In Acts 11:19-30, the first report of a church plant of Gentiles in the major urban city of Antioch provides a widow into an early, healthy Christian community suggesting principles to apply in our own communities.

18. The Power of God, the Power of Man and Angels

In Acts 12:1-24, two stories sharing the common factors of King Herod and an angel present for us the ongoing struggle between the power of man and the power of God.

Part IV: Intentional Gospel Mission to Gentiles Begins (Acts 12:25-16:5)
19. The Holy Spirit Initiates Gospel Mission to Gentiles

In Acts 12:25-13:12, from the church of Antioch gospel mission to Gentiles begins, being initiated and empowered by the Holy Spirit.

20. Paul's Speech in the Synagogue

In Acts 13:13-52, we consider in this unique example of Paul preaching in a synagogue the proclamation of promise fulfilled in Jesus and the response of both Jews and Gentiles in Pisidian Antioch.

21. Paul's Strategy: Iconium to Derbe and Back Again

In Acts 14:1-28, we consider seven strategic actions that help us understand the missionary ministry of Paul.

22. The Jerusalem Council: 1st Question of Covenant

In Acts 15:1-21, the missionary expansion of the gospel among Gentiles forces the Jewish leadership in Jerusalem to address the theology of Gentile inclusion beginning with the first question of covenant.

23. The Jerusalem Council: 2nd Question of Covenant

In Acts 15:22-16:5, the apostles and elders in Jerusalem send a letter to Gentile believers urging obedience to certain commands. Why? This is a 2nd question of covenant issue.

Part V: The Gospel Mission Confronts the Pagan Worldview (Acts 16:6-19:20)
24. The Holy Spirit and the Powers of Darkness

In Acts 16:6-40, Luke begins Part V of Acts with a problem in Philippi that provides insight into the Holy Spirit’s work in the life of a believer contrasted to the pagan experience of spiritism.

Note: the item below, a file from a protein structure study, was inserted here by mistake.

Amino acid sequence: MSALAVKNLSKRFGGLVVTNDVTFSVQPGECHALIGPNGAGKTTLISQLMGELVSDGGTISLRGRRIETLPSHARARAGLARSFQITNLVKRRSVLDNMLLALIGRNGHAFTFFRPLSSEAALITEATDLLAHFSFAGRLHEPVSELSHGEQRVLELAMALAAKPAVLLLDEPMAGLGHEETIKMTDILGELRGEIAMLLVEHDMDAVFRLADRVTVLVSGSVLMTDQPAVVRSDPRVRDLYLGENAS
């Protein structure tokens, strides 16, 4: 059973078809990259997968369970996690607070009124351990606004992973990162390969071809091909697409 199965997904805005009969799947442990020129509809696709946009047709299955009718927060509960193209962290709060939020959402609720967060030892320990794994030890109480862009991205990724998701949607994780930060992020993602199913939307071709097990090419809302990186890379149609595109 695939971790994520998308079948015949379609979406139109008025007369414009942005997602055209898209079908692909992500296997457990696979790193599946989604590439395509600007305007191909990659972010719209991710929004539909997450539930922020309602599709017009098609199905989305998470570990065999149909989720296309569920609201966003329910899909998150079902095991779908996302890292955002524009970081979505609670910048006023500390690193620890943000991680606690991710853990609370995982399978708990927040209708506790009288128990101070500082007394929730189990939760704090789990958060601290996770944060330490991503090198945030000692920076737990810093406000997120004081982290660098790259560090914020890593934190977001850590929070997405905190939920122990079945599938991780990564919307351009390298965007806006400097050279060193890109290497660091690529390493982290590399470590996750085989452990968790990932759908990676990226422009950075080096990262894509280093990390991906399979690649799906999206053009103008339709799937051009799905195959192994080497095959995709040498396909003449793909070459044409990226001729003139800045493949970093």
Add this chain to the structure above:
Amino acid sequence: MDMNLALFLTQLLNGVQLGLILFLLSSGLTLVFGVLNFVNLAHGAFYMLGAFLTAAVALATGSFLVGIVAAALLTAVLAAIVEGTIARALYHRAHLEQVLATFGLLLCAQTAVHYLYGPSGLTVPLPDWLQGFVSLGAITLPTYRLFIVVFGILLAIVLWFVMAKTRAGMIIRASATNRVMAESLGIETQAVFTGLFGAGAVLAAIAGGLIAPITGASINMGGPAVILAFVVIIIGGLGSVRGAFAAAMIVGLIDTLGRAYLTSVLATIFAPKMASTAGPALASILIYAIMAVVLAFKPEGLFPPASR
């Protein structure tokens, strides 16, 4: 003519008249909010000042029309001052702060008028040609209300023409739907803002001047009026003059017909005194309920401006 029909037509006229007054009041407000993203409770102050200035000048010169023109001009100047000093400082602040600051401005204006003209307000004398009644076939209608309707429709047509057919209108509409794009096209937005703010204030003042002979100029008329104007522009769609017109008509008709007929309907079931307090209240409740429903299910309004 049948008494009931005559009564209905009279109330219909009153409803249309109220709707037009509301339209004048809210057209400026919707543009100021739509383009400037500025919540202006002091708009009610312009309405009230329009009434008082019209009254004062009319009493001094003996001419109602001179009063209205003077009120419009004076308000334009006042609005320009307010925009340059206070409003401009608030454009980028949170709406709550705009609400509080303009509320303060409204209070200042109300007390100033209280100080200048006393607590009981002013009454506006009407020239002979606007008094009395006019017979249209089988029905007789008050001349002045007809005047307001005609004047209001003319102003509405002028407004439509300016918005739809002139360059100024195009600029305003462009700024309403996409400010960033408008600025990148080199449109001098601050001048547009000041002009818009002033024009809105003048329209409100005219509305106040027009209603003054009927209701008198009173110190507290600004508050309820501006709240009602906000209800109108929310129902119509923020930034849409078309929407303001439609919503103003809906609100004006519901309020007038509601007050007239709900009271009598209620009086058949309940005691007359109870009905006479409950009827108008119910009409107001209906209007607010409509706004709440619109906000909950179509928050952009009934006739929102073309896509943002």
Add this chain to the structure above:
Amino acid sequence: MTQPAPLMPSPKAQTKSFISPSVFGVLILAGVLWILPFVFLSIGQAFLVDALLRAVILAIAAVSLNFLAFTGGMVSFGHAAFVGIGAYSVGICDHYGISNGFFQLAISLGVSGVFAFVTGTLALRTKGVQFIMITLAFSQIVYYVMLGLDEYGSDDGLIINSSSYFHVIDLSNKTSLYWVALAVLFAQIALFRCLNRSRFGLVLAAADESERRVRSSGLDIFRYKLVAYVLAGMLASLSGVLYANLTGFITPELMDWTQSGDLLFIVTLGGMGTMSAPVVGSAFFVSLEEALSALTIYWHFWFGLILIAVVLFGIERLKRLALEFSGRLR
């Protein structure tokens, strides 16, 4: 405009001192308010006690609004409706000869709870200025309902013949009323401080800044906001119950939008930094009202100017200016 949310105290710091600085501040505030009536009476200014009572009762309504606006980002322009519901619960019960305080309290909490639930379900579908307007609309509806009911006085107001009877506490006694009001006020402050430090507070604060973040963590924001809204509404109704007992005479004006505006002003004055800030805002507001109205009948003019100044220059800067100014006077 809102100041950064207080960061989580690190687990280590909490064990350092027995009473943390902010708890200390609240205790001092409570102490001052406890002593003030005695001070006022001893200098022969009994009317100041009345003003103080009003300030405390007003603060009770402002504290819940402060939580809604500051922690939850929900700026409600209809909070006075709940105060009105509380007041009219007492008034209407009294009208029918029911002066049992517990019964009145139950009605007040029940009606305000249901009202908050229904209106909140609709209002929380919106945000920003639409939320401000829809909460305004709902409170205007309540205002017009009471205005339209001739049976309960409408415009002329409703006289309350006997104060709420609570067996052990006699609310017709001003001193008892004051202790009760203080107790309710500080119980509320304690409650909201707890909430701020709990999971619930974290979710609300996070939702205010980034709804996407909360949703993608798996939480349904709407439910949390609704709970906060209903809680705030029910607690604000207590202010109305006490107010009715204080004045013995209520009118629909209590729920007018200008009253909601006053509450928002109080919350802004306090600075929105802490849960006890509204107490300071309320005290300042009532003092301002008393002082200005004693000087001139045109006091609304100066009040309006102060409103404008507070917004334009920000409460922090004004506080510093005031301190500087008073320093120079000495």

25. Gentile Philosophy, Politics and Religion

In Acts 17:1-34, Luke uses the gospel’s encounter with Gentile philosophy, politics and religion to highlight the Christian beliefs that God is the one true creator God and Jesus Christ is Lord and judge of all peoples.

26. Jesus Christ and the New People of God

In Acts 18:1-28, Luke continues to define and defend the gospel as Paul’s preaching encounters Gentile culture with an emphasis in Corinth on the particularly new covenant expression of the local community of God’s people.

27. The Holy Spirit and the Name of Jesus

In Acts 19:1-20, Luke completes Acts Part V with a focus on how the Kingdom of God, being established in Ephesus, clashed with the spiritual forces of darkness in that city.

Part VI: Defense of the Gospel and the Gospel Messenger Paul (Acts 19:21-28:31)
28. The Defense of Paul and the Riot in Ephesus

In Acts 19:21-41, Luke begins Part VI the final major section of the letter in which he provides a defense of the gospel by defending the gospel’s messenger Paul. Each of the five movements in this part contains a danger avoided, beginning here with a riot.

29. Defense by Miracle, Message and Prophecy

In Acts 20:1-21:16, Luke ends the first movement of Part VI with a three-part defense of Paul’s gospel ministry: a miracle of resurrection, a speech to partners in the gospel, and prophecies identifying Paul’s coming trials as part of God’s sovereign plan.

30. The Gospel's Respect for Conscience

In Acts 21:17-23:11 Paul’s gospel is on trial being judged according to its respect for conscience in relation to the non-essentials of ritual practice and the essentials of faith in Jesus and the resurrection.

31. The Gospel's Attitude to Morality and Law

In Acts 23:12-24:27 Paul’s gospel is on trial being judged according to its attitude to law and morality with a contrast between Paul’s own behavior and the behavior of his opponents.

32. The Gospel's Message for the World

In Acts 25:1-26:32 Paul stands before King Agrippa. Once again he is made the focus of judgment. But Paul does not offer up his own behavior for evaluation or defense. Paul offers to the gathered dignitaries for their consideration his message to the world, the gospel of Jesus Christ.

33. God's Sovereignty Over the Journey

In Acts 27:1-28:6 God’s sovereignty over the events of Paul’s life reaches a climax as God leads him into a violent storm and brings him safely through, destined to preach the gospel in Rome.

34. The Kingdom of God

In Acts 28:7-31 Paul arrives in Rome preaching the kingdom of God. We have been told Paul must stand before Caesar and the gospel must reach the remotest parts of the earth. How does the ending of Acts provide resolution to Luke’s narrative while leaving these crucial events unresolved?